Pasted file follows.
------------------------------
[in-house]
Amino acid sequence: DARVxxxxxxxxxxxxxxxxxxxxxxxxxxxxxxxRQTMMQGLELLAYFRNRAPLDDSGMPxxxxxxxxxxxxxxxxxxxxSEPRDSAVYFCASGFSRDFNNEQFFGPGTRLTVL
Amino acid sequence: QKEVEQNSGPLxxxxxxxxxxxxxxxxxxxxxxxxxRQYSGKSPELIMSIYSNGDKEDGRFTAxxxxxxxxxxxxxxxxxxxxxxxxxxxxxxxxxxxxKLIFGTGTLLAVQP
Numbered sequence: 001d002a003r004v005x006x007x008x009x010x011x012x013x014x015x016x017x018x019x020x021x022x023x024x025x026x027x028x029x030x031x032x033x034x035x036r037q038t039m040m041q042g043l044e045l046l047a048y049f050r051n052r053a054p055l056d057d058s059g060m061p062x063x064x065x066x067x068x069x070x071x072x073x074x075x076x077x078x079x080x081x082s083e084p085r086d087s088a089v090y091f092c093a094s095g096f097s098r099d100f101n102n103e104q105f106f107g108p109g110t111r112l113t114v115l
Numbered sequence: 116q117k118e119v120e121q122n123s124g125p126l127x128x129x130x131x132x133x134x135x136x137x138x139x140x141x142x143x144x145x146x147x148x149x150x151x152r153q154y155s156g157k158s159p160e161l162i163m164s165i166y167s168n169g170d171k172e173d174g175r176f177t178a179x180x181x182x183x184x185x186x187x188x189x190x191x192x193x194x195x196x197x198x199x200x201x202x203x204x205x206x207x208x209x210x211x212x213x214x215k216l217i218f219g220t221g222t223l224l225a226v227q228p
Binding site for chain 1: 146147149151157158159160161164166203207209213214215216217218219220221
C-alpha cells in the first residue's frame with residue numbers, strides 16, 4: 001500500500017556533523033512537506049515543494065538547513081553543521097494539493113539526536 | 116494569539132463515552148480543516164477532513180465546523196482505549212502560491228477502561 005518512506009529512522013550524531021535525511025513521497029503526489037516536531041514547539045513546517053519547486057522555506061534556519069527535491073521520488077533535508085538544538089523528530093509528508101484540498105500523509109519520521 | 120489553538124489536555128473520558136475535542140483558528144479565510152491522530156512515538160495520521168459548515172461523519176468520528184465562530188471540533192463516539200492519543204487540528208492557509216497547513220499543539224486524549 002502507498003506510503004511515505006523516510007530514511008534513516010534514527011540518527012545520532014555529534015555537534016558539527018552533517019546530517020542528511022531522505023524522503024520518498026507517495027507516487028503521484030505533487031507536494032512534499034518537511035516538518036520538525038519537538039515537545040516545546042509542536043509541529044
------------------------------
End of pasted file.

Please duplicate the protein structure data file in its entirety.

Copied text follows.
[in-house]
Amino acid sequence: DARVxxxxxxxxxxxxxxxxxxxxxxxxxxxxxxxRQTMMQGLELLAYFRNRAPLDDSGMPxxxxxxxxxxxxxxxxxxxxSEPRDSAVYFCASGFSRDFNNEQFFGPGTRLTVL
Amino acid sequence: QKEVEQNSGPLxxxxxxxxxxxxxxxxxxxxxxxxxRQYSGKSPELIMSIYSNGDKEDGRFTAxxxxxxxxxxxxxxxxxxxxxxxxxxxxxxxxxxxxKLIFGTGTLLAVQP
Numbered sequence: 001d002a003r004v005x006x007x008x009x010x011x012x013x014x015x016x017x018x019x020x021x022x023x024x025x026x027x028x029x030x031x032x033x034x035x036r037q038t039m040m041q042g043l044e045l046l047a048y049f050r051n052r053a054p055l056d057d058s059g060m061p062x063x064x065x066x067x068x069x070x071x072x073x074x075x076x077x078x079x080x081x082s083e084p085r086d087s088a089v090y091f092c093a094s095g096f097s098r099d100f101n102n103e104q105f106f107g108p109g110t111r112l113t114v115l
Numbered sequence: 116q117k118e119v120e121q122n123s124g125p126l127x128x129x130x131x132x133x134x135x136x137x138x139x140x141x142x143x144x145x146x147x148x149x150x151x152r153q154y155s156g157k158s159p160e161l162i163m164s165i166y167s168n169g170d171k172e173d174g175r176f177t178a179x180x181x182x183x184x185x186x187x188x189x190x191x192x193x194x195x196x197x198x199x200x201x202x203x204x205x206x207x208x209x210x211x212x213x214x215k216l217i218f219g220t221g222t223l224l225a226v227q228p
Binding site for chain 1: 146147149151157158159160161164166203207209213214215216217218219220221
C-alpha cells in the first residue's frame with residue numbers, strides 16, 4: 001500500500017556533523033512537506049515543494065538547513081553543521097494539493113539526536 | 116494569539132463515552148480543516164477532513180465546523196482505549212502560491228477502561 005518512506009529512522013550524531021535525511025513521497029503526489037516536531041514547539045513546517053519547486057522555506061534556519069527535491073521520488077533535508085538544538089523528530093509528508101484540498105500523509109519520521 | 120489553538124489536555128473520558136475535542140483558528144479565510152491522530156512515538160495520521168459548515172461523519176468520528184465562530188471540533192463516539200492519543204487540528208492557509216497547513220499543539224486524549 002502507498003506510503004511515505006523516510007530514511008534513516010534514527011540518527012545520532014555529534015555537534016558539527018552533517019546530517020542528511022531522505023524522503024520518498026507517495027507516487028503521484030505533487031507536494032512534499034518537511035516538518036520538525038519537538039515537545040516545546042509542536043509541529044